Q&A with Hanan Abdalla, director of a new film that explores the lives of Egyptian women since the Arab Spring

UN Women, 9 April 2012

This week, “In the Shadow of a Man”, a film commissioned by UN Women, is taking the compelling stories of four Egyptian women to the Istanbul Film Festival, as part of a string of international screenings. The documentary premiered at the Berlin International Film Festival earlier this year, and will be followed soon with a second film by the director on women candidates in Egypt’s 2011-2012 parliamentary elections. In an interview with UN Women, young British-Egyptian director Hanan Abdalla weighs in on the issues the film addresses, and its relevance as the women’s movement gathers momentum in the country.

What drew you to the subject of women’s needs in the aftermath of the Eyptian revolution?
I’ve always known that there is a wealth of stories waiting to be told by women in Egypt. But, the truth is that after the revolution I had mixed feelings about making a film that focused on women: I felt that it was a subject matter that was being fetishized. What made me carry on despite my concerns was an overwhelming feeling, or perhaps duty, to make a film that would open up discussion about how gender is constructed in Egypt, and the uncomfortable truth of how this defines the parameters of the freedom that women have.

What kind of impact would you like the film to have?
One of the most important things that I feel is said in the film, is by Shahinda: “A woman cannot be independent in a country that is not independent… she cannot be free in a country that is enslaved. You can’t limit women’s demands based on their gender… You can’t separate women’s demands from the reality of society itself”.

I hope that from watching this documentary, people will start to reappraise the relationship between women’s emancipation and the emancipation of society as a whole; that women’s demands are intrinsically linked to the wider socio-economic problems that the country is facing. I hope that it will start to open up questions for both men and women about the way in which traditions are engendered, and how we should resist them when they limit us.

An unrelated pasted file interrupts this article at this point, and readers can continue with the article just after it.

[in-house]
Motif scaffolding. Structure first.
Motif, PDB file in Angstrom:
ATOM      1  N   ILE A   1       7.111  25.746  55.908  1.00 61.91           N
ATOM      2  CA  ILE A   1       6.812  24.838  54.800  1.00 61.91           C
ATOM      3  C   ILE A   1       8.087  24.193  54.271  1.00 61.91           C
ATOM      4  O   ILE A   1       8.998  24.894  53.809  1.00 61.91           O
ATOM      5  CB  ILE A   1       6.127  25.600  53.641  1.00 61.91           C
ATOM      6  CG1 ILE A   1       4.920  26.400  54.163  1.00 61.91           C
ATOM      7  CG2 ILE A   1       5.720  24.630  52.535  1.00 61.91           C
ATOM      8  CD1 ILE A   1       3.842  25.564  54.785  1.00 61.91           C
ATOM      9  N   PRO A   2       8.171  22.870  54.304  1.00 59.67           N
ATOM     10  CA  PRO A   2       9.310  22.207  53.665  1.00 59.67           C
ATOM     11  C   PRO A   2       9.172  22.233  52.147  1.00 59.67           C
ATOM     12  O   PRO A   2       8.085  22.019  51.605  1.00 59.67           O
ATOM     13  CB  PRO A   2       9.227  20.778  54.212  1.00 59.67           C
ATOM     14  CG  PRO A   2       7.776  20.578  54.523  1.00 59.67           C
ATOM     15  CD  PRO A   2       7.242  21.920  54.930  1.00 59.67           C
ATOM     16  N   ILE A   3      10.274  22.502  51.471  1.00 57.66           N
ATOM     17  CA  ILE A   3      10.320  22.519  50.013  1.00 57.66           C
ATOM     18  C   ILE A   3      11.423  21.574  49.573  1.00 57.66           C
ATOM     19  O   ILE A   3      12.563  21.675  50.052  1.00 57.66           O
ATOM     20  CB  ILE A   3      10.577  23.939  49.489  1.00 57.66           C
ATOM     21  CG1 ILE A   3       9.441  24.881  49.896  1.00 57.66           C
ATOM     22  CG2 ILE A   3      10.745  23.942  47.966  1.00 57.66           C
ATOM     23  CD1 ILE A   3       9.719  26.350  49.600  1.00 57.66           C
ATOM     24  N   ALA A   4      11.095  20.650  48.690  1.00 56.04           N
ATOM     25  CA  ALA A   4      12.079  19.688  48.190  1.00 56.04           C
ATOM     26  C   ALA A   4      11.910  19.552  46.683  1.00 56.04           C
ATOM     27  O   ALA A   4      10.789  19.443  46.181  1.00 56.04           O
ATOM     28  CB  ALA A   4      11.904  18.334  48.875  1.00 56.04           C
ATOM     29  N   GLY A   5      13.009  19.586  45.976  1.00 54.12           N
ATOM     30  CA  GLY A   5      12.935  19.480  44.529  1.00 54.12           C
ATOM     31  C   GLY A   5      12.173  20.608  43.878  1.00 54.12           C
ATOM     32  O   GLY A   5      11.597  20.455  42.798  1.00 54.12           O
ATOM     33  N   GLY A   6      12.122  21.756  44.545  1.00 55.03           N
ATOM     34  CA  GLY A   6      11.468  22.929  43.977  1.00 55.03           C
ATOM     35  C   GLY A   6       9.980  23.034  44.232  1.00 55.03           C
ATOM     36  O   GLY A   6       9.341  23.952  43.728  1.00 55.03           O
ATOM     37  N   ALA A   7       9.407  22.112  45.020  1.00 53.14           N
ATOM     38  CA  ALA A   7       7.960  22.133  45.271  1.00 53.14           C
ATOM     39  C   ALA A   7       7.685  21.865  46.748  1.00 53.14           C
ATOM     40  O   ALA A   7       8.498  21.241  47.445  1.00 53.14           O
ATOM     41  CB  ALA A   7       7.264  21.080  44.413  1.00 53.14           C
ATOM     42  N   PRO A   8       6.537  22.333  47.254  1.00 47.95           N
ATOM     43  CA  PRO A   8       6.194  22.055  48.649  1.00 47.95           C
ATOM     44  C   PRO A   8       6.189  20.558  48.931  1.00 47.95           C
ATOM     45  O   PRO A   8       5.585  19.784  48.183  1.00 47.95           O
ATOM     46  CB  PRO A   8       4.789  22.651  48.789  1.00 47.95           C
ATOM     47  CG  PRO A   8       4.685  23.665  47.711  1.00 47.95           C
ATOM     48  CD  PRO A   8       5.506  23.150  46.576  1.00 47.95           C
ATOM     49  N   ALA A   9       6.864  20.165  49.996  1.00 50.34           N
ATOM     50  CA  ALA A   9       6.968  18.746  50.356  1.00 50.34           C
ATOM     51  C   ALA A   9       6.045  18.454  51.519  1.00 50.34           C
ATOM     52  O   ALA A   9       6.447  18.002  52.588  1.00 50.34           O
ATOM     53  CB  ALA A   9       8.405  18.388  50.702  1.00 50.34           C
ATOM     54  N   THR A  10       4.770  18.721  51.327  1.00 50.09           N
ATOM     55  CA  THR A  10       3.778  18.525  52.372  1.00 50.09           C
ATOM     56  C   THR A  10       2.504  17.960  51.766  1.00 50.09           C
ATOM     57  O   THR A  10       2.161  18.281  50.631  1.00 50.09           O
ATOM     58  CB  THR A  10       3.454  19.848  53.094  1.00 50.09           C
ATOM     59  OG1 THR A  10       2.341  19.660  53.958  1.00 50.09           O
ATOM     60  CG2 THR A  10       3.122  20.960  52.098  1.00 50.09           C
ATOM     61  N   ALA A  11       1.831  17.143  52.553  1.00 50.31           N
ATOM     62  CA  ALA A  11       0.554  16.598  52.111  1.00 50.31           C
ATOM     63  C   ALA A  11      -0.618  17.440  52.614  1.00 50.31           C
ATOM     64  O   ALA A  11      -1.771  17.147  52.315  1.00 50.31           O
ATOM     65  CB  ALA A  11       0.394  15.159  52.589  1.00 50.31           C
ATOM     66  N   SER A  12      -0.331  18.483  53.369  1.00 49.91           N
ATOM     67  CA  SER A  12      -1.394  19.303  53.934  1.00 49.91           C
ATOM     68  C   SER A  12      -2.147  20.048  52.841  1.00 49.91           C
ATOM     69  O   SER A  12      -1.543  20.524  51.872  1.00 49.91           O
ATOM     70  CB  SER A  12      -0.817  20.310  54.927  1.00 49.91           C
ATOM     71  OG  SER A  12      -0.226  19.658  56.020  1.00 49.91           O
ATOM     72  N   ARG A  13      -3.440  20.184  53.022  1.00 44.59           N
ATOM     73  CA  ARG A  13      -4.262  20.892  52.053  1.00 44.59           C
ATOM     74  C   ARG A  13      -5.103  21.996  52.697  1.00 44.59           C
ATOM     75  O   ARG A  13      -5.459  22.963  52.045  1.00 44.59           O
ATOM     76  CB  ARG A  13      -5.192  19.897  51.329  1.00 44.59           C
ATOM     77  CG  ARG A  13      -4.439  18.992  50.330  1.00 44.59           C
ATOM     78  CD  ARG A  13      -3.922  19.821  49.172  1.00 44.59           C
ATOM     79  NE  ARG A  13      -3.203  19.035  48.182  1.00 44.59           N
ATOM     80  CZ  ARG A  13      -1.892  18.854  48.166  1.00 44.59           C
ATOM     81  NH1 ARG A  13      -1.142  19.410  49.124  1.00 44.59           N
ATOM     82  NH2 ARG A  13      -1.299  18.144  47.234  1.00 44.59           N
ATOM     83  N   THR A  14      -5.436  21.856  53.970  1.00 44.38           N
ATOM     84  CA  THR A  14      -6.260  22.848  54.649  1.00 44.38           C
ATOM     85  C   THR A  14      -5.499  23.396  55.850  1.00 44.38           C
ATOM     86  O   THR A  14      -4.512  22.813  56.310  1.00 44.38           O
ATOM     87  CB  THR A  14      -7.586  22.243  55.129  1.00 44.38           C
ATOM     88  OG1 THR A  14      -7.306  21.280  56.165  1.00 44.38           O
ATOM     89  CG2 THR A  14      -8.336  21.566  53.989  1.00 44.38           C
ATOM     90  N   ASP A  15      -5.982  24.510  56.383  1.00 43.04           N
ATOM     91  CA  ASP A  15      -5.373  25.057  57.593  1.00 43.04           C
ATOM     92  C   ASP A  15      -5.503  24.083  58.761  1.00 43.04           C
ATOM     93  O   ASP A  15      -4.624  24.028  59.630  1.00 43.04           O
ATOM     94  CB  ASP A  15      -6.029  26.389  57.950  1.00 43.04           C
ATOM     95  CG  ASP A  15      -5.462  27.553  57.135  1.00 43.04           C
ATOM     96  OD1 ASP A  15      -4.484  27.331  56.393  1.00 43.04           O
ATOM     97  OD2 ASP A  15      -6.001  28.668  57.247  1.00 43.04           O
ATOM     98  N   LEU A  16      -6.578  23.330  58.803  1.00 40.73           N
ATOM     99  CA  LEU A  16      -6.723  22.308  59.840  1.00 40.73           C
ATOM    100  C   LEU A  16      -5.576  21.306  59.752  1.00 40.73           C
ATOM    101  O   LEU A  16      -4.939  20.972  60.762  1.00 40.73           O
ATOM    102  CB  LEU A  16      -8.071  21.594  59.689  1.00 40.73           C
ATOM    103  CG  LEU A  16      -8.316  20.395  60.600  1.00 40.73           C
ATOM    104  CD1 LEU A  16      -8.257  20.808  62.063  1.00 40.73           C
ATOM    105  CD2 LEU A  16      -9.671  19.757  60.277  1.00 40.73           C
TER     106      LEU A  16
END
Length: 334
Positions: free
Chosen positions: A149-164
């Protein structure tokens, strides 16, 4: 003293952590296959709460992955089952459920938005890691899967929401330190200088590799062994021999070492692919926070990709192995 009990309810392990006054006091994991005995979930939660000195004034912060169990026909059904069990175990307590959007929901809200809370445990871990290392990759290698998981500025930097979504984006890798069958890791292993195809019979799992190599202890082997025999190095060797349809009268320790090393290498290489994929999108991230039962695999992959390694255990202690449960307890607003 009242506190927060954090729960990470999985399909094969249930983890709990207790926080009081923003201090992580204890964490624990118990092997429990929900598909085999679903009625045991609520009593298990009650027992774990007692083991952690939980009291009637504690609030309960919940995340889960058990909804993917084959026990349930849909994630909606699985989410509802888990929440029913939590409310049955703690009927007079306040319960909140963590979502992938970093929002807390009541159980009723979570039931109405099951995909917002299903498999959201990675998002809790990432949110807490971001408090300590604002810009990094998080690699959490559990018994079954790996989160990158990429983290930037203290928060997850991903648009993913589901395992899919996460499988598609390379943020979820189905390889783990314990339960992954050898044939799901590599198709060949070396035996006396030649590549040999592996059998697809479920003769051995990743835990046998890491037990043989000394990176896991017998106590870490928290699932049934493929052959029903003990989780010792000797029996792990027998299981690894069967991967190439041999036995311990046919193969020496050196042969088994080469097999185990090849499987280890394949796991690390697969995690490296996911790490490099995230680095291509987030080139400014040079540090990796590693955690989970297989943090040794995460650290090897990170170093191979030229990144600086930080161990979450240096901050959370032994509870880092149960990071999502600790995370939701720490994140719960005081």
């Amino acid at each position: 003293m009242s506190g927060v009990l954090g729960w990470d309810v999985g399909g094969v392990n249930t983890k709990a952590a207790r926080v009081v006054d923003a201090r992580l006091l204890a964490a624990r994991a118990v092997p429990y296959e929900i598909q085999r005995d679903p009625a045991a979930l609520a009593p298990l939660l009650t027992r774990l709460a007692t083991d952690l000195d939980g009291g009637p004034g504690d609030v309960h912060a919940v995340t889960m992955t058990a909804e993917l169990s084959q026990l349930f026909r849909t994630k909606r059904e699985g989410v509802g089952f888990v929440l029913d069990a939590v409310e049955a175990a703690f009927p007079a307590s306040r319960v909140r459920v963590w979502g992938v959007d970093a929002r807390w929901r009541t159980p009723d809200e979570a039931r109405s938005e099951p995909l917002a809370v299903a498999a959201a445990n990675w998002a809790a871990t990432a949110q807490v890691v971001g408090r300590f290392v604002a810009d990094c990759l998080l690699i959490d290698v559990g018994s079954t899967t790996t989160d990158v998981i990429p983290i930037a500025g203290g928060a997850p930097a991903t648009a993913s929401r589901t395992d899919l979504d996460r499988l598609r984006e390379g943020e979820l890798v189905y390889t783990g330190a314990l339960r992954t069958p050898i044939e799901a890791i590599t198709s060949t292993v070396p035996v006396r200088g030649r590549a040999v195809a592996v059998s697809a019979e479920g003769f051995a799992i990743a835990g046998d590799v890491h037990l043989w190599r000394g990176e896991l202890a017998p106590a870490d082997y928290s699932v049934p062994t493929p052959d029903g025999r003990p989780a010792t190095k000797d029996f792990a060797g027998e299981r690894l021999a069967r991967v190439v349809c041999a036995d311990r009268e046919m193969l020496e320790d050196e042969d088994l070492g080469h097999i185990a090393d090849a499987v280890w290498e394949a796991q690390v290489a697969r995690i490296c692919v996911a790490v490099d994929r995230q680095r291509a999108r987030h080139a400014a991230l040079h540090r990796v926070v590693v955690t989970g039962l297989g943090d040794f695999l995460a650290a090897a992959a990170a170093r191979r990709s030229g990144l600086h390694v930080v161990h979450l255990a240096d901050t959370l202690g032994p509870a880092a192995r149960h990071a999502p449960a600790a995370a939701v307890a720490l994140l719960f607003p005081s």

How did your own views and ideas change over the course of the production?
I set out thinking that perhaps most women are unaware of the way their social roles are engendered, and that they don’t see their freedom as limited compared to men. If they did, then why wouldn’t they speak out against it? But through the intimate stories they told me, it became clear that an awareness of these limits exists, and, more importantly, that they challenge these limits in the choices that they make.

Do you think that timing was important to the film?
The hope in making this documentary was to create an opportunity for discussion in a time of change, so that we can reappraise the question of women and gender in Egypt. What has struck me is how ever-relevant this documentary has become. In particular, some of the archive footage in the 1970s and 1980s is still poignantly resonant. Where Shahinda cries out “the martyr’s blood is not a sacrifice”, and asks “was our dream for social justice for people wrong?”, it reminds us that our fight has been and is still ongoing. In these last few months there has been particular violence towards women from the army and police, which has in turn seen the renaissance of a women’s movement in Egypt. I feel that the messages that the four women of In the Shadow of a Man give us will perhaps have even more of an impact now, and will continue to provide hope for women’s empowerment and emancipation throughout Egypt.

How has the film been received?
So far all the screenings have had great responses from the audience: they often tell me that they learnt something new, or that they started to look differently at the way gender is framed in Egypt. In a screening in Aswan in Upper Egypt, one woman was particularly touched by the story of abuse that one of the characters talks about. She came up at the end, saying that she felt relieved to know that other women had faced the same experience, and that she felt less ashamed seeing someone brave enough to talk about it openly.

In addition to this, the film was selected for the Berlin International Film Festival (one of the three A-list film festivals in the world), and enjoyed its premier there. It was an overwhelming experience and such an honour. Many other festivals have shown interest in screening the film and I’m excited to see where it will go next.

How did this project lead to your next film with UN Women, currently in production?
UN Women’s Egypt office suggested a premise for the next film, one that would follow women candidates running in the first parliamentary elections after the fall of Mubarak. I thought it would give an opportunity to question Egypt’s patriarchal system, and the relationship between female political participation and how it can affect change. I have been co-directing this project with Cressida Trew, and we are currently in the process of editing four months’ worth of footage. Following the unpredictable events that have taken place since last October, including the genesis of a new women’s movement in Egypt, has been exhilarating and hopeful.